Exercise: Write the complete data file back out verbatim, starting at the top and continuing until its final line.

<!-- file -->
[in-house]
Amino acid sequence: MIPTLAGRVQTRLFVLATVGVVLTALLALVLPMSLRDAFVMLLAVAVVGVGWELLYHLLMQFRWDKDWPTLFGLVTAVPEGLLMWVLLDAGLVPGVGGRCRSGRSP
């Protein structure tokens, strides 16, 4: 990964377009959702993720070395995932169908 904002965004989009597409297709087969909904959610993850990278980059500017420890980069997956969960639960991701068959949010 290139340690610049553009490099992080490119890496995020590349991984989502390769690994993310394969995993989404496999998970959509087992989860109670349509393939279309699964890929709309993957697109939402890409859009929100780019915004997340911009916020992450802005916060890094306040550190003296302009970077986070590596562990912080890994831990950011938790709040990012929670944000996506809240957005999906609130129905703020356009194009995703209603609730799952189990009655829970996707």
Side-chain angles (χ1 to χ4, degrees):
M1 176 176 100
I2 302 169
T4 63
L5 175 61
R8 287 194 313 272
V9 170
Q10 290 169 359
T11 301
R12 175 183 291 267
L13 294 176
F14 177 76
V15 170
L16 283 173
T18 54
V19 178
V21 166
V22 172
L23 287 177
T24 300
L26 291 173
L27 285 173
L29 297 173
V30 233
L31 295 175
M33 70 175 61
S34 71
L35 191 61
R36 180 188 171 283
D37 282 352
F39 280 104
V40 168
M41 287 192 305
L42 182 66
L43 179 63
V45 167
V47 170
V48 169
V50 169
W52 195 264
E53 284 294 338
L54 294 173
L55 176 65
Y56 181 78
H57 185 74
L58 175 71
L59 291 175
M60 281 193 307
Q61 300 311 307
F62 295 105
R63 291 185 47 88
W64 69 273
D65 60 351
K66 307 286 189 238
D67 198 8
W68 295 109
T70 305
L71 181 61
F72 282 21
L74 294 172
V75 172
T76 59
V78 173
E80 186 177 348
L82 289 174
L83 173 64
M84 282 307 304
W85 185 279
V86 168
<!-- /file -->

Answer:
[in-house]
Amino acid sequence: MIPTLAGRVQTRLFVLATVGVVLTALLALVLPMSLRDAFVMLLAVAVVGVGWELLYHLLMQFRWDKDWPTLFGLVTAVPEGLLMWVLLDAGLVPGVGGRCRSGRSP
């Protein structure tokens, strides 16, 4: 990964377009959702993720070395995932169908 904002965004989009597409297709087969909904959610993850990278980059500017420890980069997956969960639960991701068959949010 290139340690610049553009490099992080490119890496995020590349991984989502390769690994993310394969995993989404496999998970959509087992989860109670349509393939279309699964890929709309993957697109939402890409859009929100780019915004997340911009916020992450802005916060890094306040550190003296302009970077986070590596562990912080890994831990950011938790709040990012929670944000996506809240957005999906609130129905703020356009194009995703209603609730799952189990009655829970996707």
Side-chain angles (χ1 to χ4, degrees):
M1 176 176 100
I2 302 169
T4 63
L5 175 61
R8 287 194 313 272
V9 170
Q10 290 169 359
T11 301
R12 175 183 291 267
L13 294 176
F14 177 76
V15 170
L16 283 173
T18 54
V19 178
V21 166
V22 172
L23 287 177
T24 300
L26 291 173
L27 285 173
L29 297 173
V30 233
L31 295 175
M33 70 175 61
S34 71
L35 191 61
R36 180 188 171 283
D37 282 352
F39 280 104
V40 168
M41 287 192 305
L42 182 66
L43 179 63
V45 167
V47 170
V48 169
V50 169
W52 195 264
E53 284 294 338
L54 294 173
L55 176 65
Y56 181 78
H57 185 74
L58 175 71
L59 291 175
M60 281 193 307
Q61 300 311 307
F62 295 105
R63 291 185 47 88
W64 69 273
D65 60 351
K66 307 286 189 238
D67 198 8
W68 295 109
T70 305
L71 181 61
F72 282 21
L74 294 172
V75 172
T76 59
V78 173
E80 186 177 348
L82 289 174
L83 173 64
M84 282 307 304
W85 185 279
V86 168